Allergic Asthma

Causes, diagnosis, and treatment

What is asthma actually?

Lung allergic asthma

Bronchial asthma is a chronic, i.e. persistent, inflammatory disease of the respiratory tract. The airways (bronchi) react hypersensitively to certain stimuli and are temporarily narrowed. Doctors speak of bronchial hyperresponsiveness. Typical symptoms of asthma are:

  • Wheezing
  • Coughing
  • Chest tightness
  • Shortness of breath Dyspnea, especially at night or early in the morning

Every twentieth adult and every tenth child suffer from asthma. It is the most common chronic disease in childhood. Why some people develop asthma and others do not is not fully understood. It is known that both hereditary and environmental factors play a role. Depending on the trigger, the following forms of asthma can be distinguished:

  • Allergic asthma
  • Non-allergic asthma
  • Mixed forms

Non-allergic (intrinsic) asthma

In non-allergic asthma, immune defense reactions also occur, however these are not caused by allergens, but by other triggers such as viral infections, drugs, chemicals, or pollutants.

Mixed forms

Often there are mixed forms between allergic and non-allergic asthma. A distinction is not always easy, because the affected persons usually react equally to non-specific triggers, such as cold air, fog, cigarette smoke, or strong scents, with asthmatic symptoms. These triggers don’t cause the asthma, they merely set it off.

Where does asthma occur?

Facts and figures

Asthma is a worldwide health problem affecting people in low- and middle-income countries as well as in western high-income countries. According to the Global Asthma Report 2018, asthma is estimated to affect as many as 339 million people worldwide.

Asthma generally tends to affect more women than men. In Europe, there are nearly 10 million asthmatics below the age of 45. Around 10% of adult asthmatics suffer from severe asthma, which is difficult to treat. Asthma can affect people of any age, but occurs predominantly in childhood and is also the most common chronic disease in children.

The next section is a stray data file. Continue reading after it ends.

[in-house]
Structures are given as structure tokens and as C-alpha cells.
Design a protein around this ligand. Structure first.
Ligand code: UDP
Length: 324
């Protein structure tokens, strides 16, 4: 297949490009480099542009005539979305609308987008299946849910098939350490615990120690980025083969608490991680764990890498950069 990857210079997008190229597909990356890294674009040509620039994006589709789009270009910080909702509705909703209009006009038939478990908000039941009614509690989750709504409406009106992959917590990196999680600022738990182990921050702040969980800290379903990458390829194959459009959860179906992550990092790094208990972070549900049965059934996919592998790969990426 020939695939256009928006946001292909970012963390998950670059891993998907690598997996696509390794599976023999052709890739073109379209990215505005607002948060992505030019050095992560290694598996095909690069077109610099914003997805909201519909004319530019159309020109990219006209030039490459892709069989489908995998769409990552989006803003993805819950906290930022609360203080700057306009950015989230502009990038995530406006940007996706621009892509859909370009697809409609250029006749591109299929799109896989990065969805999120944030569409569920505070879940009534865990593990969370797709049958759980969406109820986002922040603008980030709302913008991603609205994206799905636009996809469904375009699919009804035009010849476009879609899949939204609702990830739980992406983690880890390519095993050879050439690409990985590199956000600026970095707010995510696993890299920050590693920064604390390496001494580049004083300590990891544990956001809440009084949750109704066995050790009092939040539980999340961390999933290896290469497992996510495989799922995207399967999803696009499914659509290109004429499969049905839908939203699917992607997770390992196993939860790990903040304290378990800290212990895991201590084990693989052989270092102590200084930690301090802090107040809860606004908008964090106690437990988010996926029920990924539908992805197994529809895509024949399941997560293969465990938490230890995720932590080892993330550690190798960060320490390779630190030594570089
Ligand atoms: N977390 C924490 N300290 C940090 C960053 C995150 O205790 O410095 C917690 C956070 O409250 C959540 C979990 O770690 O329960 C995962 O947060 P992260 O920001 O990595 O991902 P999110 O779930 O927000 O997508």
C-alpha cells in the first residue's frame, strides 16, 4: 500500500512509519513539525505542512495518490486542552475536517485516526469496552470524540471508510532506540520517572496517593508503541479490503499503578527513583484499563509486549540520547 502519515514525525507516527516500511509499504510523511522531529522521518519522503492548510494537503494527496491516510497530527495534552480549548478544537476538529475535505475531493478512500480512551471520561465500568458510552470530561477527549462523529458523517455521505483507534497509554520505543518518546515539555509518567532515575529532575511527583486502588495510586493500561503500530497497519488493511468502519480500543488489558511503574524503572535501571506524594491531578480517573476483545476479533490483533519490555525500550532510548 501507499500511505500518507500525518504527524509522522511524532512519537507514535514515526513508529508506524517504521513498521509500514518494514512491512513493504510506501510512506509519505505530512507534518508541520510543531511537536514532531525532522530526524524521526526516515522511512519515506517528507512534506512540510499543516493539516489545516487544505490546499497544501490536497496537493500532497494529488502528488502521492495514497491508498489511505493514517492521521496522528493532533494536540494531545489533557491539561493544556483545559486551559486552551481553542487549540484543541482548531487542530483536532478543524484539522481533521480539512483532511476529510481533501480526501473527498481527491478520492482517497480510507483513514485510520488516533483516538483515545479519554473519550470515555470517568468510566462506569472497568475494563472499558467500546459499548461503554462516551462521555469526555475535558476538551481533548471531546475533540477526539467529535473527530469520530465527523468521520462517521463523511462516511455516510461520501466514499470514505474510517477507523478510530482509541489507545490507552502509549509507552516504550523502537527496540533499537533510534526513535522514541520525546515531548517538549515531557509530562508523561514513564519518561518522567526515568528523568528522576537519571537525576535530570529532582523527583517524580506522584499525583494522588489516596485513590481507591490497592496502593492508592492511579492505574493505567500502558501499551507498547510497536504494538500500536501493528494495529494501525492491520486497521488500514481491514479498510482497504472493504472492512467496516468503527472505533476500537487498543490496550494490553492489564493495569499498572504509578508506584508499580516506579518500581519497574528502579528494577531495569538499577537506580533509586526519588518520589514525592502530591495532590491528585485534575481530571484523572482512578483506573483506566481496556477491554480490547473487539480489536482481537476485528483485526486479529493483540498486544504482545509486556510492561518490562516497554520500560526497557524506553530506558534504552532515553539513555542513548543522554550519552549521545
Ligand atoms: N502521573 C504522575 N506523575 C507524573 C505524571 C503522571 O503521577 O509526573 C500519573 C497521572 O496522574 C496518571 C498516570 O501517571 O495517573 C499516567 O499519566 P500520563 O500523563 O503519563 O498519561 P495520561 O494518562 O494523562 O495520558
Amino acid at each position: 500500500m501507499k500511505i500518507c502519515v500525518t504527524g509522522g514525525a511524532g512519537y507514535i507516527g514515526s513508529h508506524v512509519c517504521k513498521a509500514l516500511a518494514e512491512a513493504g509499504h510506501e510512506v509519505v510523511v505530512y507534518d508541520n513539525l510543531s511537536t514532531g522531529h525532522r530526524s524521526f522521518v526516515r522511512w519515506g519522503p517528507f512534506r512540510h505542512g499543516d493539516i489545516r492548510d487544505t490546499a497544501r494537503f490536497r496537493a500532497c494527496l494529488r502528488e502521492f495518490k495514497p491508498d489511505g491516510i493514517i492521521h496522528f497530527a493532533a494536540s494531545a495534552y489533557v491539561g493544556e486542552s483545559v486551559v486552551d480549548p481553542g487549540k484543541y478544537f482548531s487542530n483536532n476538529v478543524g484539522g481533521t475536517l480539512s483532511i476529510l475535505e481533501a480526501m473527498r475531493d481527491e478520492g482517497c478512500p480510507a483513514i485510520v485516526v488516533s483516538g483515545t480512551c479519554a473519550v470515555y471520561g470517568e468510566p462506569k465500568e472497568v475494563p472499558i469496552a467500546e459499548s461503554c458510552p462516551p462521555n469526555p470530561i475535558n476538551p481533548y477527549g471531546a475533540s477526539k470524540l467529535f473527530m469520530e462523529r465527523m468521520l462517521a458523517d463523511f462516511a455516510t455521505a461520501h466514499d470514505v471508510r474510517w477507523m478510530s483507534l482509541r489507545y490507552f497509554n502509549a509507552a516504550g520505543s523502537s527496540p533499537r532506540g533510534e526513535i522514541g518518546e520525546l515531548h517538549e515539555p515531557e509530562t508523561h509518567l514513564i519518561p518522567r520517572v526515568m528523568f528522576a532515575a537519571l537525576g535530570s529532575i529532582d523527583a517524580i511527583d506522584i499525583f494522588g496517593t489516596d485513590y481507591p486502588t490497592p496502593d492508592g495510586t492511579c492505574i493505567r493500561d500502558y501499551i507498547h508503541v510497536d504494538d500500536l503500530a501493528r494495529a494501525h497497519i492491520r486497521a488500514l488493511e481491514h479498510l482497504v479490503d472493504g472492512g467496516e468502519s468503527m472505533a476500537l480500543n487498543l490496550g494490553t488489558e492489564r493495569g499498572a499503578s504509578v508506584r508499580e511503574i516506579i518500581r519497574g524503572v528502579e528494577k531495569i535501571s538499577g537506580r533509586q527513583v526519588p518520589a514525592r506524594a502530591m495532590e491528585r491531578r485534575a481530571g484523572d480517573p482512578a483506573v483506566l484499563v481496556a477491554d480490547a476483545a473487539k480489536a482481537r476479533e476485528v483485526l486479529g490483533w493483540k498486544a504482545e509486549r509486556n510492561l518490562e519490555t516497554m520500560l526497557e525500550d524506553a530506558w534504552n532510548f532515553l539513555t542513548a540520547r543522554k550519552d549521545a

Asthma facts

How is asthma diagnosed?

Doctors usually identify the first indications of asthma from patients’ description of the typical symptoms and the medical history. If the suspicion is confirmed during the physical examination, pulmonary function diagnostics is performed. One of the tests is to ascertain how much air passes through the bronchi. This can be measured using the following methods:

Peak flow meter

Peak flow measurement can be done at home with the so-called peak flow meter. This determines the Peak Expiratory Flow (PEF), i.e. the maximum air flow from the lungs.

Spirometry (“small lung function test”)

Spirometry is used to measure lung or respiratory volume and air flow velocity and can only be performed by a physician. During the examination, the patient breathes into the spirometer through a mouthpiece. The nose is closed with a clamp.

Body plethysmography (“large lung function”)

Body plethysmography is usually performed by a specialist. In this lung function test, the patient sits in a special glass cabin. This supplements spirometry by determining the complete lung volume and airway resistance, providing the physician with further diagnostic information especially for patients who have difficulties in performing spirometry.

Stress or provocation test

Patients are often free of symptoms when they visit their doctor. Physicians therefore have the possibility to deliberately trigger the narrowing of the airways through different stimuli, e.g. physical stress or inhalation of histamine, in order to test the level of irritability in the airways (hyperresponsiveness).

Bronchospasmolysis test

In patients with respiratory problems and constricted airways (determined by spirometry or PEF), asthma testing is used to examine whether this constriction can be treated through medication (lysis). The patient is given a bronchodilator medication (e.g. salbutamol) before a new spirometry is performed. The drug typically improves values in asthmatics.